Once I had my heroes
And once I had my dreams.
But all of that is changed now.
They’ve turned things inside out.
The truth is not that comfortable no!
He touched the barrel of the weapon, gripped it like a phallus numerous times throughout the day, always while staring at someone; he realized it was strangely enjoyable. The piece was cold when he first set it in the waistband. Since then it’s warmed up; now it felt like an extension.
He just needed a sign.
The Scowling Man caressed the handle of the weapon again, felt the kinetic energy lurking throughout the metal; the jacketed slugs in the chambers ready to run at supersonic speeds.
The door leading to the next car opened and a kid wearing ragged clothes, ill-fitting, and ill-equipped for the weather, strummed a beaten up acoustic guitar. He waddled toward the middle of the car and addressed the crowd. No one paid him any attention, and soon they were inundated with an off-key rendition of “The Sound of Silence.”
The kid had scabs across his knuckles like braille, fingernails yellowed around the edges, and a beard bordering on Hasidic. Playing the guitar with his eyes shut, he swayed back and forth in rhythm while the passengers tried and failed to avoid imagining larvae in stages of incubation encrusted on this soiled relic.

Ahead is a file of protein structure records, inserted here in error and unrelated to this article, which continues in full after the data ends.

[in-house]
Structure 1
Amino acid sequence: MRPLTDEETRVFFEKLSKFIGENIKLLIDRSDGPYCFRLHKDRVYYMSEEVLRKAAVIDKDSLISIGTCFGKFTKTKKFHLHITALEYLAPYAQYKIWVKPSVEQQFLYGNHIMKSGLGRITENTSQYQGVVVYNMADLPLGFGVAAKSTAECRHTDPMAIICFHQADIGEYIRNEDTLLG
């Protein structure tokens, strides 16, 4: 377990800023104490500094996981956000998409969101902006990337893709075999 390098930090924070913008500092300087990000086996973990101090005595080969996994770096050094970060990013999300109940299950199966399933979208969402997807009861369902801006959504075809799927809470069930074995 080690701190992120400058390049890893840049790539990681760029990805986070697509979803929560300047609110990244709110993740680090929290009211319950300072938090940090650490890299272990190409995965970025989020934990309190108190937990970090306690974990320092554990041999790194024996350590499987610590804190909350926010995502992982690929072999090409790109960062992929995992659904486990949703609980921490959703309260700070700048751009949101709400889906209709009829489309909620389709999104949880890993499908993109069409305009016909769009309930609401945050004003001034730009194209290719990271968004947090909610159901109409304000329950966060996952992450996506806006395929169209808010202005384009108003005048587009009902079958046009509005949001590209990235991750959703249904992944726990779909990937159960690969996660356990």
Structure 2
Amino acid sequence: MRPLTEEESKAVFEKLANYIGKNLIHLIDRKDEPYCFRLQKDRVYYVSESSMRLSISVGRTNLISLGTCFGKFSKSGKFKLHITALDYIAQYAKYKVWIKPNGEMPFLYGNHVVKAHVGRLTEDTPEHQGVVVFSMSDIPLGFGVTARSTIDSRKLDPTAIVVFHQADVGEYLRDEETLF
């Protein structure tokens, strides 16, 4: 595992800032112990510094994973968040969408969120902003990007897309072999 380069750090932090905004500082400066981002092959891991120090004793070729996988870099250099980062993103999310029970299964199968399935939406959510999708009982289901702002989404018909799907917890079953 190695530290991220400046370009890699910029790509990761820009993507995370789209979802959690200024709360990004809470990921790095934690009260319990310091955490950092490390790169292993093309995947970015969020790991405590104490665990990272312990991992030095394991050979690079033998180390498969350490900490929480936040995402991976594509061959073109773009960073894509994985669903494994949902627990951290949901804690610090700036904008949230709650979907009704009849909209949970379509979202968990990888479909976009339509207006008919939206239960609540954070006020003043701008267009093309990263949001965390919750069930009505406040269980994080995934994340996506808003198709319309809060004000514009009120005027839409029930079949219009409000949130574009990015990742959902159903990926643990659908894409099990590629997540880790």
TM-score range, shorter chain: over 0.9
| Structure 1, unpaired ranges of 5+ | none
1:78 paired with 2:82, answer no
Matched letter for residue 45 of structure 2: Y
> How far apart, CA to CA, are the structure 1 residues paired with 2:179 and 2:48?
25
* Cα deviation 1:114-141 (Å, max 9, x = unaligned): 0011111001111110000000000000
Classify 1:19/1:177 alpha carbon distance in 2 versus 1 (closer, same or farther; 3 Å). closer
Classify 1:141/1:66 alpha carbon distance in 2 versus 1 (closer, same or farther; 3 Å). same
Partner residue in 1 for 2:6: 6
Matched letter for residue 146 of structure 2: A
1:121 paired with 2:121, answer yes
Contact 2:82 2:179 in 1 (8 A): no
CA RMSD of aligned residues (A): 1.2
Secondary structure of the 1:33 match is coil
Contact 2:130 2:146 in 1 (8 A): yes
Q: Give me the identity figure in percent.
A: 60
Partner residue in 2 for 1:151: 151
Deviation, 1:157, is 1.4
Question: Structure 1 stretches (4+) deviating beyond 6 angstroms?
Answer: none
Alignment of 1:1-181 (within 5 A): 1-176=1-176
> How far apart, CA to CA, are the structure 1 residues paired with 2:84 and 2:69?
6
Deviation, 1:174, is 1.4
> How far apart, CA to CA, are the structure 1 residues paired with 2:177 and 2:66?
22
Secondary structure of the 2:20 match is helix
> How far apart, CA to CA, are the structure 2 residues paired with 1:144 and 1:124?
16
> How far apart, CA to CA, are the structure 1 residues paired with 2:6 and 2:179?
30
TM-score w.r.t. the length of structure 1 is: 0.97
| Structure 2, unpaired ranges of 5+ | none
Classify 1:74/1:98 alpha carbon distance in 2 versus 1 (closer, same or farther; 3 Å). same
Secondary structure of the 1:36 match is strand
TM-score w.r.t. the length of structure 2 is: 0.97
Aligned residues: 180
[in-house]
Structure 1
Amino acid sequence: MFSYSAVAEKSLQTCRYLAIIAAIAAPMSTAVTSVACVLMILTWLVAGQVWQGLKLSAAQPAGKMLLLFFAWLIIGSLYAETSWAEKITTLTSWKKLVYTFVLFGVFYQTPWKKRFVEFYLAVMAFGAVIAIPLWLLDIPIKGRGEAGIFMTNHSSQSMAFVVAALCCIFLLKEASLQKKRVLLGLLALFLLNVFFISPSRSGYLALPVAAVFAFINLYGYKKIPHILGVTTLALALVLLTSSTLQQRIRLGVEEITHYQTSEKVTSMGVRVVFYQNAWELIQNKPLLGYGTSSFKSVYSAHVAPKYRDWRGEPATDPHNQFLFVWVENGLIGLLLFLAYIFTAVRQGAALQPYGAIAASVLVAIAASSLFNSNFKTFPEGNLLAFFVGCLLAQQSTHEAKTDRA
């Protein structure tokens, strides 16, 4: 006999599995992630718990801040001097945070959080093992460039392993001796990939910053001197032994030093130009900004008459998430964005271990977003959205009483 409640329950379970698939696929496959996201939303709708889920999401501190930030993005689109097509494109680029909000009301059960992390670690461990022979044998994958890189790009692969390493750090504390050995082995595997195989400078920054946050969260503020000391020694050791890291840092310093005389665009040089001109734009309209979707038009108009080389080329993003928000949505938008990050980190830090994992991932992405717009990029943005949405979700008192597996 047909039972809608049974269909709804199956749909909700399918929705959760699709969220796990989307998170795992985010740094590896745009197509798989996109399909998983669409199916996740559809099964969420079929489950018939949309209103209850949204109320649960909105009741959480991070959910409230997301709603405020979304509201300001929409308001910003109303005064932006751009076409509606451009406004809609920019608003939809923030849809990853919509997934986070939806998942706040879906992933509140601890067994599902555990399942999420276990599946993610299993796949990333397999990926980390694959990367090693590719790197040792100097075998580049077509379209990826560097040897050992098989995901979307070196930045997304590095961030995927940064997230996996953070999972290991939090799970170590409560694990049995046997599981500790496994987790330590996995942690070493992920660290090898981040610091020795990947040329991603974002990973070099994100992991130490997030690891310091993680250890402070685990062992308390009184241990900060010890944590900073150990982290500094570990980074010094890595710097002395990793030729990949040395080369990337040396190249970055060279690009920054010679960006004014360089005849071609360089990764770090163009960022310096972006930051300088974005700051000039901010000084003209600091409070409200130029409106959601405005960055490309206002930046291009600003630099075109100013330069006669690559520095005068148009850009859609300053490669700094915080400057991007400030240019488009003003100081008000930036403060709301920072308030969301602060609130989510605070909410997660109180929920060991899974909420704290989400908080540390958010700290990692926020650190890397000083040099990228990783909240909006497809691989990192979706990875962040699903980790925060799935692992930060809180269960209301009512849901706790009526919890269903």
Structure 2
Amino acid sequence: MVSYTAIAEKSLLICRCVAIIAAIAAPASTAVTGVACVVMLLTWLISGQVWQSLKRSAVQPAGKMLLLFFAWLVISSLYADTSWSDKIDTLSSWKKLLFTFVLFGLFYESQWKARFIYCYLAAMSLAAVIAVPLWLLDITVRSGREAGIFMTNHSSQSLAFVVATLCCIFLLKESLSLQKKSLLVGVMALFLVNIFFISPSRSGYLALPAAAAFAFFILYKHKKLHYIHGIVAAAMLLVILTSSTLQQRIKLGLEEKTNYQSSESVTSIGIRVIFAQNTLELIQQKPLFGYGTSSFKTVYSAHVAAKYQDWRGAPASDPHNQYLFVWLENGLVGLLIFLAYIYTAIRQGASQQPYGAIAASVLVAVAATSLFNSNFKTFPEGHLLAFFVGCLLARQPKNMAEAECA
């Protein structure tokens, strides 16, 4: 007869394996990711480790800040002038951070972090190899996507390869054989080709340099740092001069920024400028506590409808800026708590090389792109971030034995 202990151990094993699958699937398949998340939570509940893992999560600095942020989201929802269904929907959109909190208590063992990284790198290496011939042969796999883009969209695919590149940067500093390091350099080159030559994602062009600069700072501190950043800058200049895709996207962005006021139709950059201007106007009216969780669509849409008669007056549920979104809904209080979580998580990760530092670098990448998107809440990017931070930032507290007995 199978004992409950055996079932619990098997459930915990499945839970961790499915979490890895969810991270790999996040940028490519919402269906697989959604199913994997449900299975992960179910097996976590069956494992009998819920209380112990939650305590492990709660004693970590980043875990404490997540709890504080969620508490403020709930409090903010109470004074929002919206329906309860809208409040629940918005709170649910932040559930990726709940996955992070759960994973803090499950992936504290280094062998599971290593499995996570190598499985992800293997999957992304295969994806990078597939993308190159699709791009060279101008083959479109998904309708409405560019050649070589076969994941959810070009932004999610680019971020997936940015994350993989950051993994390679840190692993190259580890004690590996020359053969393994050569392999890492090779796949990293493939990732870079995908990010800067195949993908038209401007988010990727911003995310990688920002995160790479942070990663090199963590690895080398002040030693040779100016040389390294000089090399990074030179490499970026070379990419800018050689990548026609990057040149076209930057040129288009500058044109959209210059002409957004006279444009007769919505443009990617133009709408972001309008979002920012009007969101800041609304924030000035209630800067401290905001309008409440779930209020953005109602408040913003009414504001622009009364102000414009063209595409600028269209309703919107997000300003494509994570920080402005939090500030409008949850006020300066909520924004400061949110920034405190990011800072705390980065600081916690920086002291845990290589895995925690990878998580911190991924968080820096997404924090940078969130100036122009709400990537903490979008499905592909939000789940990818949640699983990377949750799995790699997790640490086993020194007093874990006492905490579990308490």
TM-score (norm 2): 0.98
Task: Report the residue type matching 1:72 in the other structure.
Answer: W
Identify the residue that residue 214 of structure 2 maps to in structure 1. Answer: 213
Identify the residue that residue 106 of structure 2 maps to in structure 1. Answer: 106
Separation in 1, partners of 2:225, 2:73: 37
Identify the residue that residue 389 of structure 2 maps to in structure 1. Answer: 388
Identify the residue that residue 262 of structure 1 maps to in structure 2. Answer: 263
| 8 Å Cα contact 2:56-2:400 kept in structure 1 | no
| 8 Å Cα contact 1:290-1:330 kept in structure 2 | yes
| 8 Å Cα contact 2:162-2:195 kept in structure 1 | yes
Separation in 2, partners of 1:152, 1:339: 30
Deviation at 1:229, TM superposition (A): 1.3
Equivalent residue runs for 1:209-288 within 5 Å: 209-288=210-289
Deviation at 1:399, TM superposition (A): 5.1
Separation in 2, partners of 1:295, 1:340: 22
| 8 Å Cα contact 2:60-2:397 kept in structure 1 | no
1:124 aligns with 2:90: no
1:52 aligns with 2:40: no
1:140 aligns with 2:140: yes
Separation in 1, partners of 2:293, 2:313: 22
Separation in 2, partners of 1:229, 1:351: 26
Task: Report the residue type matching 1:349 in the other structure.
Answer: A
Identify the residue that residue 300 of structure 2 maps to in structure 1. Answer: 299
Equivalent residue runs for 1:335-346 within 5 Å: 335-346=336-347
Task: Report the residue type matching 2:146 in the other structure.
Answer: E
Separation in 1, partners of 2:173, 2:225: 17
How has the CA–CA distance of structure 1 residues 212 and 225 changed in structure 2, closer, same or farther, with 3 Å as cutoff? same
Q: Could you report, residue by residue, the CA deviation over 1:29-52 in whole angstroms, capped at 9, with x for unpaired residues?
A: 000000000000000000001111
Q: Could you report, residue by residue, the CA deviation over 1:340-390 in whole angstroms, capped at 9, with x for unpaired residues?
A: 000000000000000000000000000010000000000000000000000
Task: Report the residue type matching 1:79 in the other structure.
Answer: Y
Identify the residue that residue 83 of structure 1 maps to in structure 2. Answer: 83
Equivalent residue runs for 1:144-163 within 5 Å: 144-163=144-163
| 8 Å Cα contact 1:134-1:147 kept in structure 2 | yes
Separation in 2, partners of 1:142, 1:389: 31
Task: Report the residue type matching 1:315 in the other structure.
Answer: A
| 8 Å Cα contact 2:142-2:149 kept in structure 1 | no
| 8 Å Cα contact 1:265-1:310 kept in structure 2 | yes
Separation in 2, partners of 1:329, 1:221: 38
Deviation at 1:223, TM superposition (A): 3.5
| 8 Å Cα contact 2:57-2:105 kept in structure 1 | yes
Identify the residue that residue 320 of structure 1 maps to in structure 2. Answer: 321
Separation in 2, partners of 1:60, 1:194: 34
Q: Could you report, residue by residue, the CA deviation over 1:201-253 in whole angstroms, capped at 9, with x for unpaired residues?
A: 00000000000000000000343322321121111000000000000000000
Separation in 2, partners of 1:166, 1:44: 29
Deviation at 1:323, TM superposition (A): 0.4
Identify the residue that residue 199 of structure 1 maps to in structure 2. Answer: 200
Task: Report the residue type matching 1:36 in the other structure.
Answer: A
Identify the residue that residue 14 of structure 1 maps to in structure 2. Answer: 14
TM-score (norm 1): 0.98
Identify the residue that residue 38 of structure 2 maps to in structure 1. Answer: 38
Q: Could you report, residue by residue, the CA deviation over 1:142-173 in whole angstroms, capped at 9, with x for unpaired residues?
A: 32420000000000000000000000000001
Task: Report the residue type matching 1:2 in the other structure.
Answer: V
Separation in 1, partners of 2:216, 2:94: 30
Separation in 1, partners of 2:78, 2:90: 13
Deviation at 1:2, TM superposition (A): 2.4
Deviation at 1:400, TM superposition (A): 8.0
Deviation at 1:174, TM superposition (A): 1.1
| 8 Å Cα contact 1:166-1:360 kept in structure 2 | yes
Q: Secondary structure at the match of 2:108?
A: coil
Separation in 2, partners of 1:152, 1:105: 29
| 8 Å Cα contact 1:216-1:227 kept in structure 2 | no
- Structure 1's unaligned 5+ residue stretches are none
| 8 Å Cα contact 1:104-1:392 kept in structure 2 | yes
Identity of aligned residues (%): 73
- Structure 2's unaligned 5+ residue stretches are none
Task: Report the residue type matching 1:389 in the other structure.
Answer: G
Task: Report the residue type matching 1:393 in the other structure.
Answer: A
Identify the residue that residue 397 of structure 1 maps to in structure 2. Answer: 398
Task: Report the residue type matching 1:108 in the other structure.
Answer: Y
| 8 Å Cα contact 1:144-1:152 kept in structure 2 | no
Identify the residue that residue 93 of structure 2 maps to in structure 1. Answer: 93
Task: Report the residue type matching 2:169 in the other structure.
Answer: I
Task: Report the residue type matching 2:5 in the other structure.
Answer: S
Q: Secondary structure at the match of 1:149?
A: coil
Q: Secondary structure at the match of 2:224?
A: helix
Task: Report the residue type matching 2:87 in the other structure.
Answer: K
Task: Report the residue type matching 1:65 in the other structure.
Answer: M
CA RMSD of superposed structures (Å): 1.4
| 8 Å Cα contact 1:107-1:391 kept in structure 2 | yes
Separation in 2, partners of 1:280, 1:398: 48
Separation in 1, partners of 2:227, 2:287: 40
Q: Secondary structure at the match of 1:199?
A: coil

Once finished, he passed the hat around; no one contributed. He walked to the other end of the train. Written in magic marker on the face of the guitar, to mimic Woody Guthrie’s preferred ax, was “This Machine Kills Fascists.” Wear and tear, neglect, and smudging has erased some of the letters to form a slogan more befitting the current owner.
The Scowling Man
The Scowling man stared at The Troubadour and wondered if this was the moment. There was something about the kid, something he wanted to obliterate. The Scowling Man imagined himself lifting the weapon from the elastic band, cocking the hammer, the manic look of desperation on the kid’s face, the sheer panic and anger at the unknown. Would he scatter like a roach or, like a cornered animal, would he reveal himself to be more than capable defending himself? The Scowling Man anticipated squeezing the trigger; lashing out against the world by doing something wholly unforgivable.